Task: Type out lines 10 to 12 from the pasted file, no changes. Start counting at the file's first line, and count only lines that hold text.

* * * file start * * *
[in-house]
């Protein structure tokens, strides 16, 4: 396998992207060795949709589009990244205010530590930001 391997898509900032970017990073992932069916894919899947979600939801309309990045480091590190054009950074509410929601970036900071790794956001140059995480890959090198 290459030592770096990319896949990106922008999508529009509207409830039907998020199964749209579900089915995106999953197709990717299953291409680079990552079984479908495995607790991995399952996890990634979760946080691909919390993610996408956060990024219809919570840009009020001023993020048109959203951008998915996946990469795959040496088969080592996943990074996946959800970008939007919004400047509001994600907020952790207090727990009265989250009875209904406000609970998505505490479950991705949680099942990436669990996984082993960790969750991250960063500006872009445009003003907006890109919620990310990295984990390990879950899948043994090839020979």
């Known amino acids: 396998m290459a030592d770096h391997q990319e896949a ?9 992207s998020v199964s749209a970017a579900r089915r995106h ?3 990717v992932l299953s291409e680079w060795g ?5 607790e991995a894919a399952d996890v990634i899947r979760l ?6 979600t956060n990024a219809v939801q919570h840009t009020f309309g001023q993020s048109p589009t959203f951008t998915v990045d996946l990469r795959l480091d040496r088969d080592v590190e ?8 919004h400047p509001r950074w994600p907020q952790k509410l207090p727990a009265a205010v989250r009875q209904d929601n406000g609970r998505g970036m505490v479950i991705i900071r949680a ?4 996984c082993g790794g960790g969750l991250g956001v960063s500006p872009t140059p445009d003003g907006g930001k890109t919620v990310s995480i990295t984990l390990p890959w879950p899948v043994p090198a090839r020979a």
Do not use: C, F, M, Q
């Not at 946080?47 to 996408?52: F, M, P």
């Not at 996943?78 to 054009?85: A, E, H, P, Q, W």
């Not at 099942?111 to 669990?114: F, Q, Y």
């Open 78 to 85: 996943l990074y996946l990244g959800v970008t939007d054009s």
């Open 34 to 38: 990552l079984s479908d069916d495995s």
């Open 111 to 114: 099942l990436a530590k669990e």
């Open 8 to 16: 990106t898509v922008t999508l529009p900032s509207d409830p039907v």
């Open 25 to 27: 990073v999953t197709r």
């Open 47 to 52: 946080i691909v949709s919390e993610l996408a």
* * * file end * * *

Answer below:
């Open 111 to 114: 099942l990436a530590k669990e």
């Open 8 to 16: 990106t898509v922008t999508l529009p900032s509207d409830p039907v």
């Open 25 to 27: 990073v999953t197709r």